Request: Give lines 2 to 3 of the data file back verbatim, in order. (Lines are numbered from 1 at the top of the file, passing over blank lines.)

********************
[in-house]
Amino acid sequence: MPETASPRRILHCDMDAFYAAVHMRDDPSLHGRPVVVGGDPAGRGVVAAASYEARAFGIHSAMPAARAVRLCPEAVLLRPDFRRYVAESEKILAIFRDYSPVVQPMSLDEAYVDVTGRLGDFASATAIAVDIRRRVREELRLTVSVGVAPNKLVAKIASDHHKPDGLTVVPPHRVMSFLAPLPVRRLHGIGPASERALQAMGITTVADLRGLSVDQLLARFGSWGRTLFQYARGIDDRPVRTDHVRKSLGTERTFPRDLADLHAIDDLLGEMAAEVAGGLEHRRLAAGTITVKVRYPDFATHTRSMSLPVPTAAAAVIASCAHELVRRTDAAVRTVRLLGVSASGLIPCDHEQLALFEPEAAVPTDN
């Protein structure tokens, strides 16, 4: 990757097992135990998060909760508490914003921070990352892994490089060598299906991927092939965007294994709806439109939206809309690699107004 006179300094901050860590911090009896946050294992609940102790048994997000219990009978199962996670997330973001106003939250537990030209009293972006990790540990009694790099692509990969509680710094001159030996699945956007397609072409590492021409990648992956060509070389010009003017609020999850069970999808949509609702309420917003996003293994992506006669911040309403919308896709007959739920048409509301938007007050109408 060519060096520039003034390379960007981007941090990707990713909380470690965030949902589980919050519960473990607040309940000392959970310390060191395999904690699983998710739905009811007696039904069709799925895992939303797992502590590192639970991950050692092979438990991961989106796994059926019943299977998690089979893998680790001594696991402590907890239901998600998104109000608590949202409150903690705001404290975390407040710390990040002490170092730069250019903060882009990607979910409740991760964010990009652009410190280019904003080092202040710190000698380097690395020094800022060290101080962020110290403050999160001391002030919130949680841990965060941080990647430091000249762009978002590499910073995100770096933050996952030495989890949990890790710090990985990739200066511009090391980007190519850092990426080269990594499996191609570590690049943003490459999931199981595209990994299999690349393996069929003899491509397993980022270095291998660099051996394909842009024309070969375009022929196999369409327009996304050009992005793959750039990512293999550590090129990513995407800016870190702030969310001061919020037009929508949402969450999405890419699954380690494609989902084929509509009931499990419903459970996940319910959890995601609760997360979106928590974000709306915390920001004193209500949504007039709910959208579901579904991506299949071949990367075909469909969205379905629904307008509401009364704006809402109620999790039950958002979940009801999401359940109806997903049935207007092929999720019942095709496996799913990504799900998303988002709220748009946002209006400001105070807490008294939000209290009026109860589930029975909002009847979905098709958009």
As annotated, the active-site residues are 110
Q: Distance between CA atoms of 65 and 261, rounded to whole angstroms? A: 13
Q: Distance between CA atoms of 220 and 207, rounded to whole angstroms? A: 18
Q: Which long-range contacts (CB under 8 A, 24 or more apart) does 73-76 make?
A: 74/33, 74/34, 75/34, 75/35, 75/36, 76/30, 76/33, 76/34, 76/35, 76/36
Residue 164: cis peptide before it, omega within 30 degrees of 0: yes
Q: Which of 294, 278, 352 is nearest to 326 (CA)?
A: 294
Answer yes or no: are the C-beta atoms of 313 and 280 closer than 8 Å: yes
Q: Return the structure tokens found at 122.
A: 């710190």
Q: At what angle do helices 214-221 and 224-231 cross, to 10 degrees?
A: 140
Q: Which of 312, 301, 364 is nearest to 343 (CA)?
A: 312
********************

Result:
Amino acid sequence: MPETASPRRILHCDMDAFYAAVHMRDDPSLHGRPVVVGGDPAGRGVVAAASYEARAFGIHSAMPAARAVRLCPEAVLLRPDFRRYVAESEKILAIFRDYSPVVQPMSLDEAYVDVTGRLGDFASATAIAVDIRRRVREELRLTVSVGVAPNKLVAKIASDHHKPDGLTVVPPHRVMSFLAPLPVRRLHGIGPASERALQAMGITTVADLRGLSVDQLLARFGSWGRTLFQYARGIDDRPVRTDHVRKSLGTERTFPRDLADLHAIDDLLGEMAAEVAGGLEHRRLAAGTITVKVRYPDFATHTRSMSLPVPTAAAAVIASCAHELVRRTDAAVRTVRLLGVSASGLIPCDHEQLALFEPEAAVPTDN
């Protein structure tokens, strides 16, 4: 990757097992135990998060909760508490914003921070990352892994490089060598299906991927092939965007294994709806439109939206809309690699107004 006179300094901050860590911090009896946050294992609940102790048994997000219990009978199962996670997330973001106003939250537990030209009293972006990790540990009694790099692509990969509680710094001159030996699945956007397609072409590492021409990648992956060509070389010009003017609020999850069970999808949509609702309420917003996003293994992506006669911040309403919308896709007959739920048409509301938007007050109408 060519060096520039003034390379960007981007941090990707990713909380470690965030949902589980919050519960473990607040309940000392959970310390060191395999904690699983998710739905009811007696039904069709799925895992939303797992502590590192639970991950050692092979438990991961989106796994059926019943299977998690089979893998680790001594696991402590907890239901998600998104109000608590949202409150903690705001404290975390407040710390990040002490170092730069250019903060882009990607979910409740991760964010990009652009410190280019904003080092202040710190000698380097690395020094800022060290101080962020110290403050999160001391002030919130949680841990965060941080990647430091000249762009978002590499910073995100770096933050996952030495989890949990890790710090990985990739200066511009090391980007190519850092990426080269990594499996191609570590690049943003490459999931199981595209990994299999690349393996069929003899491509397993980022270095291998660099051996394909842009024309070969375009022929196999369409327009996304050009992005793959750039990512293999550590090129990513995407800016870190702030969310001061919020037009929508949402969450999405890419699954380690494609989902084929509509009931499990419903459970996940319910959890995601609760997360979106928590974000709306915390920001004193209500949504007039709910959208579901579904991506299949071949990367075909469909969205379905629904307008509401009364704006809402109620999790039950958002979940009801999401359940109806997903049935207007092929999720019942095709496996799913990504799900998303988002709220748009946002209006400001105070807490008294939000209290009026109860589930029975909002009847979905098709958009």